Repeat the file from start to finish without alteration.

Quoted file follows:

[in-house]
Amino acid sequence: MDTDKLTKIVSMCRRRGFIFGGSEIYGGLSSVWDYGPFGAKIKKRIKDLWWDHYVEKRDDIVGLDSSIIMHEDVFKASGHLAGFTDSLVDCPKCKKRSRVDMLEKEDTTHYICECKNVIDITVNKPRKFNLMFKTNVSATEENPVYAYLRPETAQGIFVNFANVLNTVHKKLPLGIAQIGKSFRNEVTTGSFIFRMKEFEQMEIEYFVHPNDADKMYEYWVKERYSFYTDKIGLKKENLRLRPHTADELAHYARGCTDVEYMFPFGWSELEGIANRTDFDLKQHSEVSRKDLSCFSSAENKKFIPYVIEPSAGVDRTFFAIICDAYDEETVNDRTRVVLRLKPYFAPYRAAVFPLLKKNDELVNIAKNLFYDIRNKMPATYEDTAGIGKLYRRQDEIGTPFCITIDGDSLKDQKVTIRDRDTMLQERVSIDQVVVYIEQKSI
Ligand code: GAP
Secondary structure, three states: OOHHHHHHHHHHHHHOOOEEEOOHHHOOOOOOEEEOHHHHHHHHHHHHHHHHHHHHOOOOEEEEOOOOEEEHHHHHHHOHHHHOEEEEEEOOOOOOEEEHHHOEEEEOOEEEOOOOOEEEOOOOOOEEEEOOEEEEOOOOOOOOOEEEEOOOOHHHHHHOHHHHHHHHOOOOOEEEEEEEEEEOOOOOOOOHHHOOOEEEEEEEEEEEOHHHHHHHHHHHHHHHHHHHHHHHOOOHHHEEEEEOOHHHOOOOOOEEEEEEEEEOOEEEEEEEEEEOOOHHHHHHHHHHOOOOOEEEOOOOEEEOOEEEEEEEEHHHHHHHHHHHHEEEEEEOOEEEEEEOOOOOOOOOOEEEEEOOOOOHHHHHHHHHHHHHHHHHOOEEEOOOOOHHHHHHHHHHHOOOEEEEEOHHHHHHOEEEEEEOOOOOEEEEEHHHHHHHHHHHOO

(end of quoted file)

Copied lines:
[in-house]
Amino acid sequence: MDTDKLTKIVSMCRRRGFIFGGSEIYGGLSSVWDYGPFGAKIKKRIKDLWWDHYVEKRDDIVGLDSSIIMHEDVFKASGHLAGFTDSLVDCPKCKKRSRVDMLEKEDTTHYICECKNVIDITVNKPRKFNLMFKTNVSATEENPVYAYLRPETAQGIFVNFANVLNTVHKKLPLGIAQIGKSFRNEVTTGSFIFRMKEFEQMEIEYFVHPNDADKMYEYWVKERYSFYTDKIGLKKENLRLRPHTADELAHYARGCTDVEYMFPFGWSELEGIANRTDFDLKQHSEVSRKDLSCFSSAENKKFIPYVIEPSAGVDRTFFAIICDAYDEETVNDRTRVVLRLKPYFAPYRAAVFPLLKKNDELVNIAKNLFYDIRNKMPATYEDTAGIGKLYRRQDEIGTPFCITIDGDSLKDQKVTIRDRDTMLQERVSIDQVVVYIEQKSI
Ligand code: GAP
Secondary structure, three states: OOHHHHHHHHHHHHHOOOEEEOOHHHOOOOOOEEEOHHHHHHHHHHHHHHHHHHHHOOOOEEEEOOOOEEEHHHHHHHOHHHHOEEEEEEOOOOOOEEEHHHOEEEEOOEEEOOOOOEEEOOOOOOEEEEOOEEEEOOOOOOOOOEEEEOOOOHHHHHHOHHHHHHHHOOOOOEEEEEEEEEEOOOOOOOOHHHOOOEEEEEEEEEEEOHHHHHHHHHHHHHHHHHHHHHHHOOOHHHEEEEEOOHHHOOOOOOEEEEEEEEEOOEEEEEEEEEEOOOHHHHHHHHHHOOOOOEEEOOOOEEEOOEEEEEEEEHHHHHHHHHHHHEEEEEEOOEEEEEEOOOOOOOOOOEEEEEOOOOOHHHHHHHHHHHHHHHHHOOEEEOOOOOHHHHHHHHHHHOOOEEEEEOHHHHHHOEEEEEEOOOOOEEEEEHHHHHHHHHHHOO